This story happened 30 years ago. In the eastern region of the Arctic more than 50 soviet ship caravans became trapped in ice fields and among them there was a nuclear icebreaker “Lenin”. As the situation became more and more dangerous it was agreed that this nuclear icebreaker has to lead other ships out of this icy jail. The problem was not only with the caravans – many of Russian Arctic settlements were dependent on food which was delivered to them by sea. Due to her power and independency from traditional fuel “Lenin” and its crew were able to rescue hundreds of people – it was one of the biggest and most successful rescue missions in mankind’s history.
By then it became obvious that the Soviet fleet needed more of these icebreakers. The strategic importance of the Northern Sea Route and more evident need to guarantee safety of the Russian trade vessels in winter and Arctic settlements’ dependency on supplies from without – all these factors contributed to a huge shipbuilding campaign which evolved during 70-s and 90-s. In all these years eight nuclear icebreakers have been built (keeping in mind that there were just ten that have been ever built in Soviet Union and Russia).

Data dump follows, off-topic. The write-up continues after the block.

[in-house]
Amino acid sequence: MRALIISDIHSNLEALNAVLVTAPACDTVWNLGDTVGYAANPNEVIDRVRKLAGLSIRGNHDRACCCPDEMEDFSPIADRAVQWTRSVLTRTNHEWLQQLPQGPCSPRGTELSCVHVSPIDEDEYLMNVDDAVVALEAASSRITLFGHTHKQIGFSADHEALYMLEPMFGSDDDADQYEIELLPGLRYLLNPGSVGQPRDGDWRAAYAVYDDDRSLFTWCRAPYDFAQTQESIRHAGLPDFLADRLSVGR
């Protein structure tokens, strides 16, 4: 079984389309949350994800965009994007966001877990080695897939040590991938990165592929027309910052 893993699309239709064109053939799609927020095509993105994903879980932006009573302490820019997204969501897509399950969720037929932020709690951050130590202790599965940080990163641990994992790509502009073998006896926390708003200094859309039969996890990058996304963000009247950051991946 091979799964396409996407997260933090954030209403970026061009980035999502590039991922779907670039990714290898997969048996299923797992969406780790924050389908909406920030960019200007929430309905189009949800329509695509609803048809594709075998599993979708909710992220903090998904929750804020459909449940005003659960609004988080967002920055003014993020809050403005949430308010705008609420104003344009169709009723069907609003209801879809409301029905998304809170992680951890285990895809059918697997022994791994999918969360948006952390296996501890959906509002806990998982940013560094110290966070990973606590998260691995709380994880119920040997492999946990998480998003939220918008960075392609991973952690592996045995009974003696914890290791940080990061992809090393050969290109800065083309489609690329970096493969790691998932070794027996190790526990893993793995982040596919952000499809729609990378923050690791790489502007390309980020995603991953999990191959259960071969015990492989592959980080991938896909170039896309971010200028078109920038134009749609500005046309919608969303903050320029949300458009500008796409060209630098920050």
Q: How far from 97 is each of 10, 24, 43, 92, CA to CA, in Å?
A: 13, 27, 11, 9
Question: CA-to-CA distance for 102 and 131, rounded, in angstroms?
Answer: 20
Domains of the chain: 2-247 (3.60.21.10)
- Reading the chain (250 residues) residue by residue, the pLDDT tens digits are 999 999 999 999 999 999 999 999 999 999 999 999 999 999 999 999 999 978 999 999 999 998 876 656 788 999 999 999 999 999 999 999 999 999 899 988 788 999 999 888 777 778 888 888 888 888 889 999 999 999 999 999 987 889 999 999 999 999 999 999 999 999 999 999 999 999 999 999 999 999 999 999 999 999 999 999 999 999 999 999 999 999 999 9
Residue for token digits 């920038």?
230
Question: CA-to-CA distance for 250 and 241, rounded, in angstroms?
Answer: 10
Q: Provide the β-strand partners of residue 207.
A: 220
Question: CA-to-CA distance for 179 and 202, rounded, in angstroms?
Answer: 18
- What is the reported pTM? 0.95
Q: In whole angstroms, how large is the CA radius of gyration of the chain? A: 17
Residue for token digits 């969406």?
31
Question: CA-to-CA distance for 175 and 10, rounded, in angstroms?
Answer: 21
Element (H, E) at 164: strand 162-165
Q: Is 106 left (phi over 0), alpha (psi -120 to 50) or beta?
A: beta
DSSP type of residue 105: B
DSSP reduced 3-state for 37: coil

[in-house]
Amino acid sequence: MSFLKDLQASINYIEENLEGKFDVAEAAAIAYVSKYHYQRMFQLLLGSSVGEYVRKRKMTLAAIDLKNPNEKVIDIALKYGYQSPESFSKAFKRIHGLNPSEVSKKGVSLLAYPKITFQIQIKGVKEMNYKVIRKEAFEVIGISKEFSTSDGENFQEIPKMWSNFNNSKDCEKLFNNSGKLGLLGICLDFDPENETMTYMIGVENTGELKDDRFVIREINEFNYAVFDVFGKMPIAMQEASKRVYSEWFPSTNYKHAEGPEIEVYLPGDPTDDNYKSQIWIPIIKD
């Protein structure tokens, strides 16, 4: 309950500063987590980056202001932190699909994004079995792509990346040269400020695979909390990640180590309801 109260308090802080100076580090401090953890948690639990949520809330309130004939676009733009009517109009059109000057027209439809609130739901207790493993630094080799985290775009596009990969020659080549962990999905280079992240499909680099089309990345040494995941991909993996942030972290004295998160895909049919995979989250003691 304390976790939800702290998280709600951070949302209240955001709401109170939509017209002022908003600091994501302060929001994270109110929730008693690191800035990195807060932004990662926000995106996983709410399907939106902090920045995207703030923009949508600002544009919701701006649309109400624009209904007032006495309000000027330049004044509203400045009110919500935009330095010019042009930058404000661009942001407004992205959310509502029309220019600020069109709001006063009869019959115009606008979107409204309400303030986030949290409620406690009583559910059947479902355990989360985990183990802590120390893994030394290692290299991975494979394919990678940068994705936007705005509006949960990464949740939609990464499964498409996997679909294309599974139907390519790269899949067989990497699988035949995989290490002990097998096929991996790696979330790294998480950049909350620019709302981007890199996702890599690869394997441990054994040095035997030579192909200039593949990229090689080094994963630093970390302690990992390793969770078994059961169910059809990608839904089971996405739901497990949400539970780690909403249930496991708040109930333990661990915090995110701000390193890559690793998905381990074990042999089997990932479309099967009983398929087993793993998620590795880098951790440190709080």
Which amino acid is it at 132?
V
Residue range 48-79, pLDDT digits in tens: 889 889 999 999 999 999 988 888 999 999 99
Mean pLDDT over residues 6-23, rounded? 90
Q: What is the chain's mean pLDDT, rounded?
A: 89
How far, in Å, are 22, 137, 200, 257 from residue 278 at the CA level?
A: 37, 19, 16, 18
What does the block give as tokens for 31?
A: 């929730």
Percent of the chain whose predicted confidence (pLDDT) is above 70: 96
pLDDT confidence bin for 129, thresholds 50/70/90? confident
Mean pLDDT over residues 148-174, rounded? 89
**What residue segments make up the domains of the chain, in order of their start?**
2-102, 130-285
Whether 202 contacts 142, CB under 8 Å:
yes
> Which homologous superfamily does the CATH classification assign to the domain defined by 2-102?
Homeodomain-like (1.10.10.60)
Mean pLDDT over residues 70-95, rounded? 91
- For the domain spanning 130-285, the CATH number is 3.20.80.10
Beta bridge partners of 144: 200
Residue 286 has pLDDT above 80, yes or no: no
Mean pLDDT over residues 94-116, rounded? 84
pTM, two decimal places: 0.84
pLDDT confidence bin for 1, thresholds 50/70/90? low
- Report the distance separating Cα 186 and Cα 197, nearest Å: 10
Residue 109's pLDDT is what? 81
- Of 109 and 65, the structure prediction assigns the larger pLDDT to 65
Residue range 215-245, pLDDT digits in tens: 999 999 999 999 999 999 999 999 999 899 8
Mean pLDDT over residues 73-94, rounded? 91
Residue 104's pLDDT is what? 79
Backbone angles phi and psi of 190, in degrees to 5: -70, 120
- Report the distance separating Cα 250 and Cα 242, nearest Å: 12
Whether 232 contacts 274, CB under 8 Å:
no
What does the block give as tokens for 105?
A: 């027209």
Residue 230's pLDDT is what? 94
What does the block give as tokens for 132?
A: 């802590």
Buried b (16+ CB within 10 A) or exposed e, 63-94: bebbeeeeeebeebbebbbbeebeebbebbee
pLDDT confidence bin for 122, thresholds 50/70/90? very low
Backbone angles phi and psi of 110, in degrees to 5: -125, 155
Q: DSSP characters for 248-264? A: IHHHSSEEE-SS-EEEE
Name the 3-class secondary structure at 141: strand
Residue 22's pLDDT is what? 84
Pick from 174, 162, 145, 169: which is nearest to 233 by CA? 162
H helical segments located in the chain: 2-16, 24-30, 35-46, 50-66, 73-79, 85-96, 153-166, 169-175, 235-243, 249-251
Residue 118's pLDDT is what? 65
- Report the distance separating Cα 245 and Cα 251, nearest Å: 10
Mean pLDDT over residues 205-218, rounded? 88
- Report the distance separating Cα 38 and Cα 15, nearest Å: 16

Nowadays eight of those icebreakers are still operational. The main feature which makes these wonders of shipbuilding so special is their almost complete independency from any traditional fuel whatsoever, therefore they can operate autonomously for almost 70 years. In future posts we shall get familiar with the insides of the nuclear icebreaker and how the nuclear energy is able to move her.
Nuclear Icebreaker “50 Years of Victory”
Some of these icebreakers were used to transport tourists to the North Pole. As of today this expedition unfolds aboard the i/b “50 Years of Victory”. Her construction was complete in 2007. Since then she has made many successful voyages to the North Pole and many tourists report this cruise to be absolutely fantastic. The voyage aboard such a big vessel is an adventure in itself, how Immanuel Kant could have put it:) Later we’ll describe the organization of life aboard and the vessel itself.